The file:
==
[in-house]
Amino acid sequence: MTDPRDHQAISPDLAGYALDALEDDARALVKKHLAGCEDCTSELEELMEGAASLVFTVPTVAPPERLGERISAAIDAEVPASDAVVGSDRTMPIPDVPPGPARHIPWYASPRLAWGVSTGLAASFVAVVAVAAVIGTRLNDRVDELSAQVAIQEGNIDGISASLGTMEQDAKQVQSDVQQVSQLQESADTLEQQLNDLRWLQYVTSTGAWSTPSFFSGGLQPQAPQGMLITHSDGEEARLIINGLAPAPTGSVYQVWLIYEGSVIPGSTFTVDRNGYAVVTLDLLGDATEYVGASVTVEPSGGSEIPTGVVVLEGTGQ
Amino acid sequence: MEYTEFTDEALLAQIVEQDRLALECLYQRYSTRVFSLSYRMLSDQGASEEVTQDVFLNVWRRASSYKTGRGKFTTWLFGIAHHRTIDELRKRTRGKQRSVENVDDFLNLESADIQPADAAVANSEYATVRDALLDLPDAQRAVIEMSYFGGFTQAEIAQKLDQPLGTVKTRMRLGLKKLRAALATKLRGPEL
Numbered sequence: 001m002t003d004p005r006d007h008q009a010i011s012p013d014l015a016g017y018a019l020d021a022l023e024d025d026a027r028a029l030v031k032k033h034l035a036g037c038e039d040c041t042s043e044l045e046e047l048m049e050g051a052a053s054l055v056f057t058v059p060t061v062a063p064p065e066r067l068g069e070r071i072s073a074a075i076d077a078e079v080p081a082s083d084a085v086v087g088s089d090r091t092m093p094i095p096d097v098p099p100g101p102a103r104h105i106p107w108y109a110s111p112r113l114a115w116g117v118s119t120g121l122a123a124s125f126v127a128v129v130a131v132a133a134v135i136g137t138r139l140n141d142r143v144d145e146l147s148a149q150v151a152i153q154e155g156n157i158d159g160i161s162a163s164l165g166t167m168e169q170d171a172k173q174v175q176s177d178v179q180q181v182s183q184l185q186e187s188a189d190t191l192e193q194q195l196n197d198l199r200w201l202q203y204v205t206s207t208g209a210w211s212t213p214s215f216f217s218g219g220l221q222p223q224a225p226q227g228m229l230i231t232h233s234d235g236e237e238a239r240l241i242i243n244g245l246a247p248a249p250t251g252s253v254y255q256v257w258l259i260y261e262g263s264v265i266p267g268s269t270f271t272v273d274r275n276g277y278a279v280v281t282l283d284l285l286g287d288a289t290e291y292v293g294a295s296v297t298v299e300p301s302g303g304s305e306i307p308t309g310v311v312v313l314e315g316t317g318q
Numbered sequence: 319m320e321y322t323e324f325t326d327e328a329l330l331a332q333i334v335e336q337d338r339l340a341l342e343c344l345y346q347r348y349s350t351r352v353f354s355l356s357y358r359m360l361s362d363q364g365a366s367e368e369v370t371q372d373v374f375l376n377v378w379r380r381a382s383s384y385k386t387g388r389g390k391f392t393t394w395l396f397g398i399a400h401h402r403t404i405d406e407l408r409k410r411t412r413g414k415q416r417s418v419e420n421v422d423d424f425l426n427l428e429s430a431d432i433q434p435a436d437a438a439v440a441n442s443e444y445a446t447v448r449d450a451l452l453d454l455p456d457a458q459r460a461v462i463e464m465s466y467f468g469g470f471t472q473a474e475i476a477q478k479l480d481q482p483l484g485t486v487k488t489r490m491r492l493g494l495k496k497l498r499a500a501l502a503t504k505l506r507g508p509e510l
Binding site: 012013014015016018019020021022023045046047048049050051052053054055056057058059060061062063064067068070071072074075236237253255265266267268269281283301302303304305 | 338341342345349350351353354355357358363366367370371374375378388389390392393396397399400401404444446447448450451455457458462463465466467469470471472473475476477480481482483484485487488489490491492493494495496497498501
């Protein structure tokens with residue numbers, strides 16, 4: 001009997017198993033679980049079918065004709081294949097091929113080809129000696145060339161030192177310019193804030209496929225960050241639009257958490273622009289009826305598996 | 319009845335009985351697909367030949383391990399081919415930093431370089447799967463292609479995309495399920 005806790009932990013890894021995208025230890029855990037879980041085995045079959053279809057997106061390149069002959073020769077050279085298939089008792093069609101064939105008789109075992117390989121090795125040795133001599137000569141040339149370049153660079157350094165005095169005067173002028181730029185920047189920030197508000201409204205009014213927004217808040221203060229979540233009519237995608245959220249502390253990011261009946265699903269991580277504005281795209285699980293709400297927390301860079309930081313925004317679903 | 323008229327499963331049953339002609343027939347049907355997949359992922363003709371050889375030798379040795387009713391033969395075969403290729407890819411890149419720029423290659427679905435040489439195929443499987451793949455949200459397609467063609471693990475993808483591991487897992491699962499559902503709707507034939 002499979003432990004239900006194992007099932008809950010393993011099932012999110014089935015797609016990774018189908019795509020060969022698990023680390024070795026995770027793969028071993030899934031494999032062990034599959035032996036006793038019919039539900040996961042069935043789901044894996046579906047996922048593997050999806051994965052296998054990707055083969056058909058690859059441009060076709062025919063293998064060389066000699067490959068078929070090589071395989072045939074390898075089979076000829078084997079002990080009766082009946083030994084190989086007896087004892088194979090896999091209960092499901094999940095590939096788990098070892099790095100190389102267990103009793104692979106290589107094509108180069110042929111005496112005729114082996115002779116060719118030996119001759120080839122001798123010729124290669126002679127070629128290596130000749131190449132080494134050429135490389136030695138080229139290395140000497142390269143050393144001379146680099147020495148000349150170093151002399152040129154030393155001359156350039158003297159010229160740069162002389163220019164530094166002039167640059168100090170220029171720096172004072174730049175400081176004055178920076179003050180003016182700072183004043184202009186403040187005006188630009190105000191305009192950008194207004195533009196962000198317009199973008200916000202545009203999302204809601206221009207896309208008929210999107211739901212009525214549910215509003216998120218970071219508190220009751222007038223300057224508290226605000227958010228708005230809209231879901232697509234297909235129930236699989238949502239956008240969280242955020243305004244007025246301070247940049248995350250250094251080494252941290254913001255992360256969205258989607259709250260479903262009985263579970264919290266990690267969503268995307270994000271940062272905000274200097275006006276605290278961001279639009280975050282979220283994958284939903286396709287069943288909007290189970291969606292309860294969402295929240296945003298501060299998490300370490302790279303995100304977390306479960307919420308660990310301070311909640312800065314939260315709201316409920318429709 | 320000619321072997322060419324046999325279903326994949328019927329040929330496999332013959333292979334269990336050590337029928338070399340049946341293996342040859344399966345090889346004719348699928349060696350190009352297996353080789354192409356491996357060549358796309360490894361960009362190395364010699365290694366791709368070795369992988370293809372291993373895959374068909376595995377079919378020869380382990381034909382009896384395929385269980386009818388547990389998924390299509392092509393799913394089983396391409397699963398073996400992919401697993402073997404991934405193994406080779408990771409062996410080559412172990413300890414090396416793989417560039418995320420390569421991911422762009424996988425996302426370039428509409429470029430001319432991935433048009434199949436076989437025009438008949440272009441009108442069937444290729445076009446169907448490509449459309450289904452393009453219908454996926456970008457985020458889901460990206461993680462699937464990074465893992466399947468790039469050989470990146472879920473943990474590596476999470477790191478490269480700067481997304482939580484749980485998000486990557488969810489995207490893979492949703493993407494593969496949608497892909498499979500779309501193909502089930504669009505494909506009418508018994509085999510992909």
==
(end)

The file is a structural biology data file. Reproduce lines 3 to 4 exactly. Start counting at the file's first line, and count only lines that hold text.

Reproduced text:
Amino acid sequence: MEYTEFTDEALLAQIVEQDRLALECLYQRYSTRVFSLSYRMLSDQGASEEVTQDVFLNVWRRASSYKTGRGKFTTWLFGIAHHRTIDELRKRTRGKQRSVENVDDFLNLESADIQPADAAVANSEYATVRDALLDLPDAQRAVIEMSYFGGFTQAEIAQKLDQPLGTVKTRMRLGLKKLRAALATKLRGPEL
Numbered sequence: 001m002t003d004p005r006d007h008q009a010i011s012p013d014l015a016g017y018a019l020d021a022l023e024d025d026a027r028a029l030v031k032k033h034l035a036g037c038e039d040c041t042s043e044l045e046e047l048m049e050g051a052a053s054l055v056f057t058v059p060t061v062a063p064p065e066r067l068g069e070r071i072s073a074a075i076d077a078e079v080p081a082s083d084a085v086v087g088s089d090r091t092m093p094i095p096d097v098p099p100g101p102a103r104h105i106p107w108y109a110s111p112r113l114a115w116g117v118s119t120g121l122a123a124s125f126v127a128v129v130a131v132a133a134v135i136g137t138r139l140n141d142r143v144d145e146l147s148a149q150v151a152i153q154e155g156n157i158d159g160i161s162a163s164l165g166t167m168e169q170d171a172k173q174v175q176s177d178v179q180q181v182s183q184l185q186e187s188a189d190t191l192e193q194q195l196n197d198l199r200w201l202q203y204v205t206s207t208g209a210w211s212t213p214s215f216f217s218g219g220l221q222p223q224a225p226q227g228m229l230i231t232h233s234d235g236e237e238a239r240l241i242i243n244g245l246a247p248a249p250t251g252s253v254y255q256v257w258l259i260y261e262g263s264v265i266p267g268s269t270f271t272v273d274r275n276g277y278a279v280v281t282l283d284l285l286g287d288a289t290e291y292v293g294a295s296v297t298v299e300p301s302g303g304s305e306i307p308t309g310v311v312v313l314e315g316t317g318q